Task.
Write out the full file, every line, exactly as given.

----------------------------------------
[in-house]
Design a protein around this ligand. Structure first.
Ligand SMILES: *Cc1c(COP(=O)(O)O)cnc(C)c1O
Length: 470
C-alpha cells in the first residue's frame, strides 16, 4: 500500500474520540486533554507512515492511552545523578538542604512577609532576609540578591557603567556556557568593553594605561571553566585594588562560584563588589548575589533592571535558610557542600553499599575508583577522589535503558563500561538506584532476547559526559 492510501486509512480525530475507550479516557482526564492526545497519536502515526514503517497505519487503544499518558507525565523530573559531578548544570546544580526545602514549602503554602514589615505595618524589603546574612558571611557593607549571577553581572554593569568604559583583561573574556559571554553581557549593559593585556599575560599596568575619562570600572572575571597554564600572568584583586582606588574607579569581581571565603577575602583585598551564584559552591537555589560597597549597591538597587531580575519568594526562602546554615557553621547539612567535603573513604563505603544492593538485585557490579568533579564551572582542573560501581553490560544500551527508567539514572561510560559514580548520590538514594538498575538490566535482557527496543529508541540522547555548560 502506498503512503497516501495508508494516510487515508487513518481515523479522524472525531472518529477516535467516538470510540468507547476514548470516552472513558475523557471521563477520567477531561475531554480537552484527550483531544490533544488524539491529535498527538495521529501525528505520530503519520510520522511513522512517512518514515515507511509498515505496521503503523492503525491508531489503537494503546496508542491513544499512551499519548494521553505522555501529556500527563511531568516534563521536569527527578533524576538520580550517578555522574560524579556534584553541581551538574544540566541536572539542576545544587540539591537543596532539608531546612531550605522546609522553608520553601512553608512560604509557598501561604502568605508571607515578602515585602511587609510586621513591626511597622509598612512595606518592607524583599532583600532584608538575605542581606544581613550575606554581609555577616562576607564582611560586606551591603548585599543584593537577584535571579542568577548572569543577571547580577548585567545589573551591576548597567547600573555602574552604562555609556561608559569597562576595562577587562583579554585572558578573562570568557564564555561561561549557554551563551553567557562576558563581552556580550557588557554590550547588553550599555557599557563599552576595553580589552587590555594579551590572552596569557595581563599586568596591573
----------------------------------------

[in-house]
Design a protein around this ligand. Structure first.
Ligand SMILES: *Cc1c(COP(=O)(O)O)cnc(C)c1O
Length: 470
C-alpha cells in the first residue's frame, strides 16, 4: 500500500474520540486533554507512515492511552545523578538542604512577609532576609540578591557603567556556557568593553594605561571553566585594588562560584563588589548575589533592571535558610557542600553499599575508583577522589535503558563500561538506584532476547559526559 492510501486509512480525530475507550479516557482526564492526545497519536502515526514503517497505519487503544499518558507525565523530573559531578548544570546544580526545602514549602503554602514589615505595618524589603546574612558571611557593607549571577553581572554593569568604559583583561573574556559571554553581557549593559593585556599575560599596568575619562570600572572575571597554564600572568584583586582606588574607579569581581571565603577575602583585598551564584559552591537555589560597597549597591538597587531580575519568594526562602546554615557553621547539612567535603573513604563505603544492593538485585557490579568533579564551572582542573560501581553490560544500551527508567539514572561510560559514580548520590538514594538498575538490566535482557527496543529508541540522547555548560 502506498503512503497516501495508508494516510487515508487513518481515523479522524472525531472518529477516535467516538470510540468507547476514548470516552472513558475523557471521563477520567477531561475531554480537552484527550483531544490533544488524539491529535498527538495521529501525528505520530503519520510520522511513522512517512518514515515507511509498515505496521503503523492503525491508531489503537494503546496508542491513544499512551499519548494521553505522555501529556500527563511531568516534563521536569527527578533524576538520580550517578555522574560524579556534584553541581551538574544540566541536572539542576545544587540539591537543596532539608531546612531550605522546609522553608520553601512553608512560604509557598501561604502568605508571607515578602515585602511587609510586621513591626511597622509598612512595606518592607524583599532583600532584608538575605542581606544581613550575606554581609555577616562576607564582611560586606551591603548585599543584593537577584535571579542568577548572569543577571547580577548585567545589573551591576548597567547600573555602574552604562555609556561608559569597562576595562577587562583579554585572558578573562570568557564564555561561561549557554551563551553567557562576558563581552556580550557588557554590550547588553550599555557599557563599552576595553580589552587590555594579551590572552596569557595581563599586568596591573